60 Days to Notify: How Bill 118 Has Been Changing Personal Injury Claims

Denis Grigoras

Denis is a lawyer who draws on his background in complex legal disputes and transactions to problem-solve for his clients.

In Ontario, the Occupiers’ Liability Amendment Act, 2020, often known as Bill 118, made substantial modifications to the filing process for personal injury claims caused by snow or ice on private property. The modifications to the Occupiers’ Liability Act (OLA) imposed new notification requirements on claimants.

Rising insurance costs for snow and ice management companies as a result of an increase in slip-and-fall lawsuits were the primary impetus behind these modifications. Within 60 days after the date of their injury, those who had been injured by snow or ice were required to provide written notification of their claim to the property owner, occupier, or independent contractor (such as a snow removal firm) responsible for maintaining the property. The former provision allowed claims to be made up to two years after the incident.

The shortened notice period was intended to provide occupiers and/or snow removal contractors additional time to evaluate and manage possible claims. This is advantageous for the injured party and the property owner since it permits a prompt investigation and collection of evidence, which can result in a quicker resolution of the claim.

Notably, for injuries resulting from snow or ice on municipal land, the requirement to notify the municipality within 10 days of the date of the incident remains in effect.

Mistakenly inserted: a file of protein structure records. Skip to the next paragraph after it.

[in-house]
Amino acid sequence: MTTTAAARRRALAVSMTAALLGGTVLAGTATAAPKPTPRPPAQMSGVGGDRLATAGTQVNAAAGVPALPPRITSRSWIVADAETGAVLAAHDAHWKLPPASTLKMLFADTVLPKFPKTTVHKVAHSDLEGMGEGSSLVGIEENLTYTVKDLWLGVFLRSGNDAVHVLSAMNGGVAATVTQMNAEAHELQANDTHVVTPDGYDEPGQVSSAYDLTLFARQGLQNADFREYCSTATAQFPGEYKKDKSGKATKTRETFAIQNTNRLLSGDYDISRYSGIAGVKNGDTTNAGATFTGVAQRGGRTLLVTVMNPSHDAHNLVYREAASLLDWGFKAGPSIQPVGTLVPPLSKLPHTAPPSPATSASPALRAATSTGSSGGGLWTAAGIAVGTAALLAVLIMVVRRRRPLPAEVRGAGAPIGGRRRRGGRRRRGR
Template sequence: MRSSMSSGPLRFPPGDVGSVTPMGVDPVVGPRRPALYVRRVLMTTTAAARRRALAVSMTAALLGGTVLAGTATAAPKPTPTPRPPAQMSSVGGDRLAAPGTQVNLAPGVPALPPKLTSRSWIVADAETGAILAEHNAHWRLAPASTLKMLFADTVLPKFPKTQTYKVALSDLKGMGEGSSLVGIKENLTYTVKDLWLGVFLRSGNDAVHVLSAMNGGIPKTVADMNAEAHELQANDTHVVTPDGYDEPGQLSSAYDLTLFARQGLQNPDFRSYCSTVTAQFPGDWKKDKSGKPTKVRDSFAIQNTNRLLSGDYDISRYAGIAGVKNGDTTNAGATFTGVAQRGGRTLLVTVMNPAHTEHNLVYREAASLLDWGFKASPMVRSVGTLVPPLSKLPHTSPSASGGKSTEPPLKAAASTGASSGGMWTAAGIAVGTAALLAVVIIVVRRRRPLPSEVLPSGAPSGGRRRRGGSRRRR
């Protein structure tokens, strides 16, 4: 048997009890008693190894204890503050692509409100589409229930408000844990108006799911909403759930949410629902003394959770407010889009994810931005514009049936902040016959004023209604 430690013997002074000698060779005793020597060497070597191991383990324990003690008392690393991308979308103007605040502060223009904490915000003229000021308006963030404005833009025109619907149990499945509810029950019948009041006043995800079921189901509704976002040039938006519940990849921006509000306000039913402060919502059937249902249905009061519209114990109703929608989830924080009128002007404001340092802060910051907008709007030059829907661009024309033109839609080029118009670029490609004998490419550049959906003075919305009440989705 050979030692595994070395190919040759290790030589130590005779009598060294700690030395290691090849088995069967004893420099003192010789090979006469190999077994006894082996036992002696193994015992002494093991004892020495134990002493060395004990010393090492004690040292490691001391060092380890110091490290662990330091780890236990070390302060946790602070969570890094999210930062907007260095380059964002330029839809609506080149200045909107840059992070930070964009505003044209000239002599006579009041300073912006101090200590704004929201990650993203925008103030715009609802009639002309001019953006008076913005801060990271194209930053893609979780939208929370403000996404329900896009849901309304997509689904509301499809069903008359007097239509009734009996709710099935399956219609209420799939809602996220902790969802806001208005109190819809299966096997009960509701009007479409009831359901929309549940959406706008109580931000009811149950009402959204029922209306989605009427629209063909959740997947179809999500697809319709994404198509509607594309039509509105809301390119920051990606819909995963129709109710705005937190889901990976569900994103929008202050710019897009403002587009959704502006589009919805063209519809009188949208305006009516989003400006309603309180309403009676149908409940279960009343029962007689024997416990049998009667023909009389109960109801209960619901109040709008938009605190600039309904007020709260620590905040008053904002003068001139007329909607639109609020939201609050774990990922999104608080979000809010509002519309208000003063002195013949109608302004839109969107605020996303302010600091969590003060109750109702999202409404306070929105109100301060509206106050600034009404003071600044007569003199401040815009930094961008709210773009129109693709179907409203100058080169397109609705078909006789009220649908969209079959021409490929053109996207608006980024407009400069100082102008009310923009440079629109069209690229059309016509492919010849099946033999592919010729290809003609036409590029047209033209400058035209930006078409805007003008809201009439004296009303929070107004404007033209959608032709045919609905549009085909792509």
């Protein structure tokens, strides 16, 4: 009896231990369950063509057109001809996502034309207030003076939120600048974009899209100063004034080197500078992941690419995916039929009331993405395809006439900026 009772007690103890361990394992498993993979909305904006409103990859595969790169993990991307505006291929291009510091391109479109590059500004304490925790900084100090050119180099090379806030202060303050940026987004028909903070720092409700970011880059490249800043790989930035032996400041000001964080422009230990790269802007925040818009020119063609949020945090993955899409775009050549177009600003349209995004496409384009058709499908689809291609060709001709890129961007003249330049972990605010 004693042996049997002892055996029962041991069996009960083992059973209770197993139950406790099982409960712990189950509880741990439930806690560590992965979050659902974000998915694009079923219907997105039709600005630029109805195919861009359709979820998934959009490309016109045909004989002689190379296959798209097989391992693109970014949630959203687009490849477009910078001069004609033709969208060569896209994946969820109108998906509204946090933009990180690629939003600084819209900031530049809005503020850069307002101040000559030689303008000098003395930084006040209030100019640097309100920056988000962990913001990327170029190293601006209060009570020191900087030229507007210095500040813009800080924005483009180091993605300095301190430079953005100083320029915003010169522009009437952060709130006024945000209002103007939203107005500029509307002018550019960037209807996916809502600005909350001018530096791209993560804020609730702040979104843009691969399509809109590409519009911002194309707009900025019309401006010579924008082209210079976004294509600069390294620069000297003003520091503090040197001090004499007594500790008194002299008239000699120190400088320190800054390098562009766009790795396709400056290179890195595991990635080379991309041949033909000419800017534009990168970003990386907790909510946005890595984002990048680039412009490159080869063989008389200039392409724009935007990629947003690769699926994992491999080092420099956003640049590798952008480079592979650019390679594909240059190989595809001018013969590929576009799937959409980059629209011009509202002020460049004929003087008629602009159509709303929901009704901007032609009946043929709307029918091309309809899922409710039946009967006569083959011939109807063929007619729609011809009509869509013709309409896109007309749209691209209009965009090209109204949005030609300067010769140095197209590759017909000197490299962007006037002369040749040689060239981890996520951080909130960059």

The notification must be in writing and contain the date, time, and place of the occurrence, as well as a description of the injuries received. The owner, occupier, or independent contractor responsible for maintaining the property must be personally served with the notification or receive it via registered mail. To comply with the changes, a party needs only to serve one of the owners/occupiers or independent contractors.

There are, however, exceptions to the 60-day notice requirement. The limitation period does not apply, for instance, if the individual dies as a result of the accident or if there is a “reasonable justification” for failing to provide notice within 60 days.

Ontario’s Occupiers’ Liability Amendment Act, 2020, brought about major changes to the filing process for personal injury claims arising from snow or ice on private land. The new notice requirements were intended to reduce the escalating insurance costs for snow and ice management businesses and streamline the claim filing process for all parties.

It’s important to note that the new notice period requirements were significant. It is crucial for legal practitioners and property owners to be aware of these new rules, as these developments have had (and will continue to have) an effect on how personal injury claims are addressed.

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